# Explain why a group cannot have only one element of order 5.

I know that a group of order 5 does not have any nontrivial factors and that you cannot factor 5 as a product of two numbers larger than 1 but I do not know where to go from here?

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HINT: If $a$ is an element of order $5$, what is the order of $a^2$?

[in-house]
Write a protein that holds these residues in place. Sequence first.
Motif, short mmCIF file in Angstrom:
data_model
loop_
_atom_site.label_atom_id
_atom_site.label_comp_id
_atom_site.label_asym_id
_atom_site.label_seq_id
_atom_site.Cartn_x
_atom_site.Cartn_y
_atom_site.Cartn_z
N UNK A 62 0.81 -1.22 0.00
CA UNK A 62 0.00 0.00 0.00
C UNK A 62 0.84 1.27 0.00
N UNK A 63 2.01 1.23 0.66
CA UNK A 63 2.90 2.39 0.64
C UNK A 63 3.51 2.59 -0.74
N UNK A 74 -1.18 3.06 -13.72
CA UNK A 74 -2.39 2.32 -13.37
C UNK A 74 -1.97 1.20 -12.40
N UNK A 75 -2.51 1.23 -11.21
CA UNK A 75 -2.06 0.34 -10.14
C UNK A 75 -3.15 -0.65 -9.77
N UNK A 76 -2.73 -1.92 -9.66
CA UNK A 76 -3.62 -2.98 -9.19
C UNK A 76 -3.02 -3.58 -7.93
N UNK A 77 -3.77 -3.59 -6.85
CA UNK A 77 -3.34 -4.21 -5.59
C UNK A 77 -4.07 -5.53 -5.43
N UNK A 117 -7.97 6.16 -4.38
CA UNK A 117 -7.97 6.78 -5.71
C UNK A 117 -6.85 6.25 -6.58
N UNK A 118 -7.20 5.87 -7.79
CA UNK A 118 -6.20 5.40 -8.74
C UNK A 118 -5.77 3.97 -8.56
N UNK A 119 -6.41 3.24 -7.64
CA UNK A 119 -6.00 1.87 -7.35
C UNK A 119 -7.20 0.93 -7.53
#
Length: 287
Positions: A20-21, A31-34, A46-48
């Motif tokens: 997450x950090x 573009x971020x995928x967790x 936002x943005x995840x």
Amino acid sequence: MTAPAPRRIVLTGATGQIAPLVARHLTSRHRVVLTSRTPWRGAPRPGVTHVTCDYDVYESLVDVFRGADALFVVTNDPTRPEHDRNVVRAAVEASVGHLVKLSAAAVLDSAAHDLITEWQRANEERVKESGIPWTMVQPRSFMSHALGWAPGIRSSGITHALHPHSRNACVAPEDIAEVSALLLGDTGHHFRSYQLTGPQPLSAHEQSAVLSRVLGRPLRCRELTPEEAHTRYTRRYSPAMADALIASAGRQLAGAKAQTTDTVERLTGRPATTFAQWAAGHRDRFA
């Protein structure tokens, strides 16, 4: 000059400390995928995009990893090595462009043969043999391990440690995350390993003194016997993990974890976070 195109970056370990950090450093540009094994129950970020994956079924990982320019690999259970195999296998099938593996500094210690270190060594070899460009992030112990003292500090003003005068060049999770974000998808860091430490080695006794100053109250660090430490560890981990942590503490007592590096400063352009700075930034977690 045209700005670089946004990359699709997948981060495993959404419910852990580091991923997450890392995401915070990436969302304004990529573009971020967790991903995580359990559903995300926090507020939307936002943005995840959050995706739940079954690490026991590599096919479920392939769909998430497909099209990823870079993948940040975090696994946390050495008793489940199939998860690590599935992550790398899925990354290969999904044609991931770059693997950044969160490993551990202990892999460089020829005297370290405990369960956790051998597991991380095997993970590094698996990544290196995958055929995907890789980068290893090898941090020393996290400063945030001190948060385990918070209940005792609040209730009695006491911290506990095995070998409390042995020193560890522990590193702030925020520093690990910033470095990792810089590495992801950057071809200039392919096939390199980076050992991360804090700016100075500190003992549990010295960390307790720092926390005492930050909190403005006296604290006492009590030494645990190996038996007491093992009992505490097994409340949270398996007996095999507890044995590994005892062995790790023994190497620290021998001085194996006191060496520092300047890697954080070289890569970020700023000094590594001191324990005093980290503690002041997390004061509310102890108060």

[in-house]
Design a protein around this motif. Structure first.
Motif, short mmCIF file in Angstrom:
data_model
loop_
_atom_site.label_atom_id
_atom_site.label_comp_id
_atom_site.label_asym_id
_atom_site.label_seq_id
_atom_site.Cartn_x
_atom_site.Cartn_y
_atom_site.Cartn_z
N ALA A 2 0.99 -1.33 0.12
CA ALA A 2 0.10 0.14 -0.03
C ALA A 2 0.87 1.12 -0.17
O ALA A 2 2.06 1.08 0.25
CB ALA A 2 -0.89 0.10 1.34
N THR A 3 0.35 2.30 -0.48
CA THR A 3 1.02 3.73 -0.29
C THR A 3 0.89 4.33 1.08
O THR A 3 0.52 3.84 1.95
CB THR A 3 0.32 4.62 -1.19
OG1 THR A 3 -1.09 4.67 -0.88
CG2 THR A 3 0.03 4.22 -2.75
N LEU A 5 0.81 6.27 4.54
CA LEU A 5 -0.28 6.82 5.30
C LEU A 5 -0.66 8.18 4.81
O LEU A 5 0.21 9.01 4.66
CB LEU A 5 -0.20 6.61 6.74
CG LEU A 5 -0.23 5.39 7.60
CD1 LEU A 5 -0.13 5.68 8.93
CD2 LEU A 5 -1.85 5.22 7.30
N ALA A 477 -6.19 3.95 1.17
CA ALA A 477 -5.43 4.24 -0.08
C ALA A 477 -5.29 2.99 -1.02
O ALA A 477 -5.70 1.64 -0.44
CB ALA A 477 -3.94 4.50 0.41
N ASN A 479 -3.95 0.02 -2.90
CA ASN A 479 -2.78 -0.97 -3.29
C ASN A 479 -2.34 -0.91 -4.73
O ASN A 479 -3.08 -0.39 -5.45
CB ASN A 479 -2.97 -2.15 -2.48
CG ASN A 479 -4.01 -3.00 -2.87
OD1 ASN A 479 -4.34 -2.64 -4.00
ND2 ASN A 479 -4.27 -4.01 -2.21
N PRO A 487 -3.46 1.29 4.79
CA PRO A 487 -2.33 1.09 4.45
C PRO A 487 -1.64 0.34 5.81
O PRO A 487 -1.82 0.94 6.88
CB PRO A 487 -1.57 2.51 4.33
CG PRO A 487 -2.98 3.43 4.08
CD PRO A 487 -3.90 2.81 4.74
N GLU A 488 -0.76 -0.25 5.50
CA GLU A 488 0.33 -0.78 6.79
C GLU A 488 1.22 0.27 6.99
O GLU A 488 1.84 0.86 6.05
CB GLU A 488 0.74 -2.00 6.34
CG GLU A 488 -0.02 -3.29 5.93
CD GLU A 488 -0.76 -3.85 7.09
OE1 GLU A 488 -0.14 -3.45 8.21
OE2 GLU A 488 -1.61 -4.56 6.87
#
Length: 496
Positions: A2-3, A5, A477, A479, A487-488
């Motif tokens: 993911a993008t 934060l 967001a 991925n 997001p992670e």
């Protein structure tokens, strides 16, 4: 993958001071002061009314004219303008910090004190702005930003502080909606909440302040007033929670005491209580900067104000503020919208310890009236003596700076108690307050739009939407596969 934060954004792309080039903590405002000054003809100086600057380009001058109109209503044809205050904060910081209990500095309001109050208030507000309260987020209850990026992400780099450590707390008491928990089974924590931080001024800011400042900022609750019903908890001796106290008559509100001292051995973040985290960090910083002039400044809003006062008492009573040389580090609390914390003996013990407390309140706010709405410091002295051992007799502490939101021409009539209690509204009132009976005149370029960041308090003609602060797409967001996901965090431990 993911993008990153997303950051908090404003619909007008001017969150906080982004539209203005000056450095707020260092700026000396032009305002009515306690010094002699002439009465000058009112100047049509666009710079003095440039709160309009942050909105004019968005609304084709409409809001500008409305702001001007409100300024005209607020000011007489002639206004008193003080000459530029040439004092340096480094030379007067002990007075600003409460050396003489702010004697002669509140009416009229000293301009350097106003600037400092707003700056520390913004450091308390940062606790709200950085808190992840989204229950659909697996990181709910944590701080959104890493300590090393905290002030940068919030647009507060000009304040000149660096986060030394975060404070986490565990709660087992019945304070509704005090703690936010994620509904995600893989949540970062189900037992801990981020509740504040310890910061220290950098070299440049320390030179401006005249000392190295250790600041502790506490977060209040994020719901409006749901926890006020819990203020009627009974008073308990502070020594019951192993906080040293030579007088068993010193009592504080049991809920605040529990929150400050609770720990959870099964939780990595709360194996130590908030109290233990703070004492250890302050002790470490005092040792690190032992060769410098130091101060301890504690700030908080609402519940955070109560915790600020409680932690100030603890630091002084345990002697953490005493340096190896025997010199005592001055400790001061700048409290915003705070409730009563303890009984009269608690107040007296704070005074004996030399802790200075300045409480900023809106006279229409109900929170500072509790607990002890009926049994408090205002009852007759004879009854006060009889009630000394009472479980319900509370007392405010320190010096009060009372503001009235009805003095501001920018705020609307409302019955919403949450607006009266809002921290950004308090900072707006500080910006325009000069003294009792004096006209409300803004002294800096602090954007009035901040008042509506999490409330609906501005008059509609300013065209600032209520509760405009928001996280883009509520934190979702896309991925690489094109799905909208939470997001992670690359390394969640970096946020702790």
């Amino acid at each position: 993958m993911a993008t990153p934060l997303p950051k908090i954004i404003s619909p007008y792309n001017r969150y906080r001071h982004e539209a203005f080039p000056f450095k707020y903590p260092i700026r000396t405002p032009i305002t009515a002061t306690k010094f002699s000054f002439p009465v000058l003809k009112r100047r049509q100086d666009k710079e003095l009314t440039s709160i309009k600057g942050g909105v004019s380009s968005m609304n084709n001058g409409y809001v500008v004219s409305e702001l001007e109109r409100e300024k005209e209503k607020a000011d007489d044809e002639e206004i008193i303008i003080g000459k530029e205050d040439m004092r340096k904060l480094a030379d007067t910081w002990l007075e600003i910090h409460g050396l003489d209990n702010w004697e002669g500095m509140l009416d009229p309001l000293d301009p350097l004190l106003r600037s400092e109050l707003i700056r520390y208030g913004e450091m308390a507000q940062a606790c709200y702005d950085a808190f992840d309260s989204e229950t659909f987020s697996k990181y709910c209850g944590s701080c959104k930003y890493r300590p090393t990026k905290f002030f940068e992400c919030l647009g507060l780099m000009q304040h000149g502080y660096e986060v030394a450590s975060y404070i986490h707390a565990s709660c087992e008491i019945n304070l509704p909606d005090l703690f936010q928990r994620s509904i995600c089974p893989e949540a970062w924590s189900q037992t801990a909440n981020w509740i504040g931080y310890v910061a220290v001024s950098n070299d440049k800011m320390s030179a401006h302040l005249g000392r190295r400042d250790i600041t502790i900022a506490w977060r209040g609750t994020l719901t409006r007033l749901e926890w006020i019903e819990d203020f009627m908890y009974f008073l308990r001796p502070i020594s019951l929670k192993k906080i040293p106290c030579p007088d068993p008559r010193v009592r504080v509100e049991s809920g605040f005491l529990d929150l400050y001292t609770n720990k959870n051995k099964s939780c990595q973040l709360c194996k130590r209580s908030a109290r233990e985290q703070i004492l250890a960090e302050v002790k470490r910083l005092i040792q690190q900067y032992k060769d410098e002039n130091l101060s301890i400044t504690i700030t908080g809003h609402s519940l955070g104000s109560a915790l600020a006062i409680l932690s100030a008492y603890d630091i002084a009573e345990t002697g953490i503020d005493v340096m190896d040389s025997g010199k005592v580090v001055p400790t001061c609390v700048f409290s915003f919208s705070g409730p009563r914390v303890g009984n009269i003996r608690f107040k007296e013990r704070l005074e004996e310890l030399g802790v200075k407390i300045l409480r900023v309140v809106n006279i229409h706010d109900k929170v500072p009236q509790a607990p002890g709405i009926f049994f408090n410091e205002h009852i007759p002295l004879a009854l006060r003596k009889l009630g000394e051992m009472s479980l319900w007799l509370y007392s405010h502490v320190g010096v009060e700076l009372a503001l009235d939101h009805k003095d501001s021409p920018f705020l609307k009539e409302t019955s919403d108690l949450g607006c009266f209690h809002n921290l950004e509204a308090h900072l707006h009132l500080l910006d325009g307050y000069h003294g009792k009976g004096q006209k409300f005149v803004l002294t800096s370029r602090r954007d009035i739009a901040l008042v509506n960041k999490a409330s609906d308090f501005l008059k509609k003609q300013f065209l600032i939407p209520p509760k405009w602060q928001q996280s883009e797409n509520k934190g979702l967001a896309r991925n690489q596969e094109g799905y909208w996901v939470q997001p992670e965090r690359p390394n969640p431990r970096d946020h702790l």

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Hint: Prove that for any g, $o(g) = o(g^{-1})$.

The statement will remain true when 5 is replaced by any $n \geq 3$.

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Sorry, I was confused. –  Graphth Sep 26 '12 at 23:57

If $x$ has order $5$, it means, $x^5=1$ in the group. So, $x^2$ will also have order 5, but $x^2\ne x$ because then $x=1$ would follow by division.

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